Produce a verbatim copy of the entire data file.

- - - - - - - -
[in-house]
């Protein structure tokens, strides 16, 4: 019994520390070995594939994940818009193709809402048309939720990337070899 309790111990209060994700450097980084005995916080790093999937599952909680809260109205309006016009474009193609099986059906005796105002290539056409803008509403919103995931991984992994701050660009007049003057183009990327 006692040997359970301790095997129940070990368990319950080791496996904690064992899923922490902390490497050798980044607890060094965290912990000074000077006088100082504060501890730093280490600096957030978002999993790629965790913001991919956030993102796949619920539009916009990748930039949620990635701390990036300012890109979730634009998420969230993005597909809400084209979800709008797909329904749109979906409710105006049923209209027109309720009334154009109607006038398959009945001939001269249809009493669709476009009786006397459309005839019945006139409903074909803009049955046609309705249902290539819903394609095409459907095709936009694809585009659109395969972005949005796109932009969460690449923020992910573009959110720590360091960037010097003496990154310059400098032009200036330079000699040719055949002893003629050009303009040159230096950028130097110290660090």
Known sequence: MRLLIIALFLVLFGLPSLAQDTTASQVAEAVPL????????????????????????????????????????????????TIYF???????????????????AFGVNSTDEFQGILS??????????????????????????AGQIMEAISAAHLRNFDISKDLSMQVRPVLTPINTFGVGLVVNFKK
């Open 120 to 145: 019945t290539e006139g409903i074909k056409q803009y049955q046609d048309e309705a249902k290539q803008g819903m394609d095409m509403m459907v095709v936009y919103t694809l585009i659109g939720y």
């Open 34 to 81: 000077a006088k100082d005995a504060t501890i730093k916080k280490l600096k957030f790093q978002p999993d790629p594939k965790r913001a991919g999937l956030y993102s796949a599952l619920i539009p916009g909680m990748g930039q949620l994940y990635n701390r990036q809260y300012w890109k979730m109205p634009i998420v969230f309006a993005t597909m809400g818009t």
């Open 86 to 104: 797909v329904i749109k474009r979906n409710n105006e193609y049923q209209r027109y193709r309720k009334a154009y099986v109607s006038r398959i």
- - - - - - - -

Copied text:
[in-house]
């Protein structure tokens, strides 16, 4: 019994520390070995594939994940818009193709809402048309939720990337070899 309790111990209060994700450097980084005995916080790093999937599952909680809260109205309006016009474009193609099986059906005796105002290539056409803008509403919103995931991984992994701050660009007049003057183009990327 006692040997359970301790095997129940070990368990319950080791496996904690064992899923922490902390490497050798980044607890060094965290912990000074000077006088100082504060501890730093280490600096957030978002999993790629965790913001991919956030993102796949619920539009916009990748930039949620990635701390990036300012890109979730634009998420969230993005597909809400084209979800709008797909329904749109979906409710105006049923209209027109309720009334154009109607006038398959009945001939001269249809009493669709476009009786006397459309005839019945006139409903074909803009049955046609309705249902290539819903394609095409459907095709936009694809585009659109395969972005949005796109932009969460690449923020992910573009959110720590360091960037010097003496990154310059400098032009200036330079000699040719055949002893003629050009303009040159230096950028130097110290660090």
Known sequence: MRLLIIALFLVLFGLPSLAQDTTASQVAEAVPL????????????????????????????????????????????????TIYF???????????????????AFGVNSTDEFQGILS??????????????????????????AGQIMEAISAAHLRNFDISKDLSMQVRPVLTPINTFGVGLVVNFKK
């Open 120 to 145: 019945t290539e006139g409903i074909k056409q803009y049955q046609d048309e309705a249902k290539q803008g819903m394609d095409m509403m459907v095709v936009y919103t694809l585009i659109g939720y």
């Open 34 to 81: 000077a006088k100082d005995a504060t501890i730093k916080k280490l600096k957030f790093q978002p999993d790629p594939k965790r913001a991919g999937l956030y993102s796949a599952l619920i539009p916009g909680m990748g930039q949620l994940y990635n701390r990036q809260y300012w890109k979730m109205p634009i998420v969230f309006a993005t597909m809400g818009t």
């Open 86 to 104: 797909v329904i749109k474009r979906n409710n105006e193609y049923q209209r027109y193709r309720k009334a154009y099986v109607s006038r398959i």